The Empire days of 2016

August and September were hectic months (in a good way!) so there was no time to blog, but – take my word – I wanted to. I even had to decline an organised outing (in Regency attire) to watch the new film Love and Friendship. Besides the official photographs from the festival are stuck somewhere, and I was not taking that many pictures. For this post I was able to rely on friends who generously allowed me to use their photos!

Back in November last year I was invited to join the organising group. I did not have to think twice before accepting, as I thought it would be great fun. (And a perfect excuse to meet with a terrific group of people on a regular basis. Who would say no to that?)

We only made a few minor changes, so the programme was similar to last year. This year´s theme was Love. (What else?) So the music was particularily romantic, and the dance programme included many particularily romantic dances such as The Duke of Kent´s Waltz. The Empire days started with a dance-class on Thursday evening. I was occupied elsewhere, but I believe it was useful for those who needed to practise their dancing skills. I am by no means an expert, so various clips on youtube came in handy.

Friday was ball night. As one of the organisers I was early at the venue for preparations. One of my assignments was to set up a small exhibition in the parlour. I have blogged about it before, so I will not go into details, but the atmosphere in the historical manor house, Kristinehof, is unique.

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The ball started with a glass of bubbly in the courtyard.

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A Wedding breakfast in the parlour. Anders wrote most of the texts for those who wanted to learn more about courtship, wedding, and married life in the early nineteenth century.

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My contribution was to set the table for a wedding reception. This era saw the rise in popularity for intimate but elegant wedding ceremonies, often at home, with a few select guests mingling over tea, cake, wine, and sweets. We served bisquits, candied rose-petals and lilacs on East-Indian porcelain. An imported pineapple was extravagant.

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An ouverture before the first dance. Eager dancers listening to lovely tunes from the orchestra in the ball room.

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The orchestra and Mrs Löfgren, our Dance Master. Photo courtesy of Ulrika Rosander.

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Quadrille!

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Our photographer, Miss Lillemor. Photo courtesy of Ulrika Rosander.

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There was dinner and desserts! Photo courtesy of Olof Rosengren.

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Saturday was picknick-day. We met up in the Haga-park, one of the royal gardens. There was no fixed time. People could chose to stay throughout the day or only drop by. I needed a sleep in and had to rest my tired feet, so I was what could be described as “fashionably late”. It was the first outing for my new pantaloons and the striped waistcoat.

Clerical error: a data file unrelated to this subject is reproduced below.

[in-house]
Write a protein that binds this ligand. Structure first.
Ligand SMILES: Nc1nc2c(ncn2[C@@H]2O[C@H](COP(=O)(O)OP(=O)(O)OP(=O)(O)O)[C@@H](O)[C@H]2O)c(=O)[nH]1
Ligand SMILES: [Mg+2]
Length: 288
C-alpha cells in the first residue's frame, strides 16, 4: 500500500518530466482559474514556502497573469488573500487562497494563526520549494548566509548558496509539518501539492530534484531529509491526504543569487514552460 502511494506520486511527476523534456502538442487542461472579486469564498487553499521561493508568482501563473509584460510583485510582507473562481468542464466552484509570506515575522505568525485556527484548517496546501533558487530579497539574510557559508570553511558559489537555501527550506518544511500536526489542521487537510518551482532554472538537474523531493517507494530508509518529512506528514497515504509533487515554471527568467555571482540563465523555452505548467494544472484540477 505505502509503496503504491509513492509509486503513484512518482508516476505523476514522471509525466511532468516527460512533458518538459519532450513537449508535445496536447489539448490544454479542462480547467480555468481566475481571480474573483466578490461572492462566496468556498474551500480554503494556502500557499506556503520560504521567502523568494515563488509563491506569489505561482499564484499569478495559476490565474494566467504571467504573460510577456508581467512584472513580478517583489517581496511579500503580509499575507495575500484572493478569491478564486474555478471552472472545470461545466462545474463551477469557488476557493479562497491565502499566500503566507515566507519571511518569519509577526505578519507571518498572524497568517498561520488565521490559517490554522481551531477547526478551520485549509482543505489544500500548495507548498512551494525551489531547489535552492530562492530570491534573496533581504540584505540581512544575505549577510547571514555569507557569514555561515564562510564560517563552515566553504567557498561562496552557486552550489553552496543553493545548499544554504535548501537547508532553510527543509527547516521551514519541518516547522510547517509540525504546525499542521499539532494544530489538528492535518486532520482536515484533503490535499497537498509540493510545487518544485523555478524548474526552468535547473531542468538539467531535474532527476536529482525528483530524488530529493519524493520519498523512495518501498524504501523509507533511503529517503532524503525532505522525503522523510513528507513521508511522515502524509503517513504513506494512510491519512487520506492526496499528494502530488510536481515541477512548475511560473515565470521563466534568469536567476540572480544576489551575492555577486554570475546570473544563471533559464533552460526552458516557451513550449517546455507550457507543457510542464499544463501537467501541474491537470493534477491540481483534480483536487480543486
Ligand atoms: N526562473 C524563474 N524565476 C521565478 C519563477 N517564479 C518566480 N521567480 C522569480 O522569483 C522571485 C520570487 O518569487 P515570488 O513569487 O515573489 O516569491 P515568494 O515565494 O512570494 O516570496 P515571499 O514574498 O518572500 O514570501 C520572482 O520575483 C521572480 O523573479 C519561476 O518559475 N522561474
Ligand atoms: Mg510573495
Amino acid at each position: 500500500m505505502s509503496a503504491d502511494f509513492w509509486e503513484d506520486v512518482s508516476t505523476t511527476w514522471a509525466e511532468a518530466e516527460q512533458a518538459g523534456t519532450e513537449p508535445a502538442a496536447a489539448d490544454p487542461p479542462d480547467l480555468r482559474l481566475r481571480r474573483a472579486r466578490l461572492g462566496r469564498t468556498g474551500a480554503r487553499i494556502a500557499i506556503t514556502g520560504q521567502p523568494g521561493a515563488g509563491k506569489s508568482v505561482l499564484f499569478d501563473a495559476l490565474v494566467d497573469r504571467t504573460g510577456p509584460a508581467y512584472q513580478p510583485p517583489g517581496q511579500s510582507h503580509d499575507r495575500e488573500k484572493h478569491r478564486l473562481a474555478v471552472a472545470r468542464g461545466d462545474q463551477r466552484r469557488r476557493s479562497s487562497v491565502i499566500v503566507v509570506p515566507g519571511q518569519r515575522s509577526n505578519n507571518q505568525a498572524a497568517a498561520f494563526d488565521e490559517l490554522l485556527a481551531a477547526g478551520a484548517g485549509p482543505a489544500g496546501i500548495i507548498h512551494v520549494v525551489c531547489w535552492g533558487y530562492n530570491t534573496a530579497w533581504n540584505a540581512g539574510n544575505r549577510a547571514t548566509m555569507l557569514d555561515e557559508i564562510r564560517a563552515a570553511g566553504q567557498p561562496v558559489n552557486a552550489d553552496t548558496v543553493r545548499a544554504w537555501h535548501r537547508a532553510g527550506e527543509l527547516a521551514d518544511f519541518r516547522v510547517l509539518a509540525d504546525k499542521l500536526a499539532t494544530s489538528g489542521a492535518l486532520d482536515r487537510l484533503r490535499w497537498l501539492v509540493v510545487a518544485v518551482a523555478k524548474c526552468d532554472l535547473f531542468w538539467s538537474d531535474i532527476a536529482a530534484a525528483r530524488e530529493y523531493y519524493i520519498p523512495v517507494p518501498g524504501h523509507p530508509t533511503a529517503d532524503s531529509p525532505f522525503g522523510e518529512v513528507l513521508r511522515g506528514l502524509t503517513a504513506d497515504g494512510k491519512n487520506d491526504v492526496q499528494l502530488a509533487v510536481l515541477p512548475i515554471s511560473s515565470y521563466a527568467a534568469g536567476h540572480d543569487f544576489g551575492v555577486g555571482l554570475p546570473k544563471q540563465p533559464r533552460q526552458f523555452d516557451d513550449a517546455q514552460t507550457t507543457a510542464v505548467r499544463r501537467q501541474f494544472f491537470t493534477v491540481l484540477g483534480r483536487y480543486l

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The Echo Temple (1790) is perfect for dancing.

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Picknick and mingle on the lawn. Photo courtesy of Jenny Björkquist.

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Miss Annelie and the crocquet cart. Photo courtesy of Jenny Björkquist.

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There were many of us on the lawn in front of the Royal pavilion. Photo courtesy of Keit Svensson.

Photo courtesy of Jenny Björkquist.

The centre of events: dancing in The Echo Temple. One of the few full length views of my new pantaloons and waistcoat. (The pantaloons look baggy, but i assure you they were not.) Photo courtesy of Jenny Björkquist.

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And Vilhelm brought his harpsicord. (The rustic one in his collection.)

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The August night was dark but warm…

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… but it was nevertheless nice with a cup of tea. It is always nice with a cup of tea…

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Rain was pouring down on Sunday, so we moved the second picknick to our friends house.

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After lunch we cleared the dining room to make room for some more dancing.

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Photo courtesy Paula Krumlinde.

I hope everyone had a wonderful weekend, I certainly had! This year I took time to actually engage in conversation – there were so many nice people to talk to. It is always interesting to discuss Jane Austen and share costume ideas, but of course there is much more beyond those obvious topics.

This post was not so much about costuming and sewing projects. There is more to come in that department later this year…

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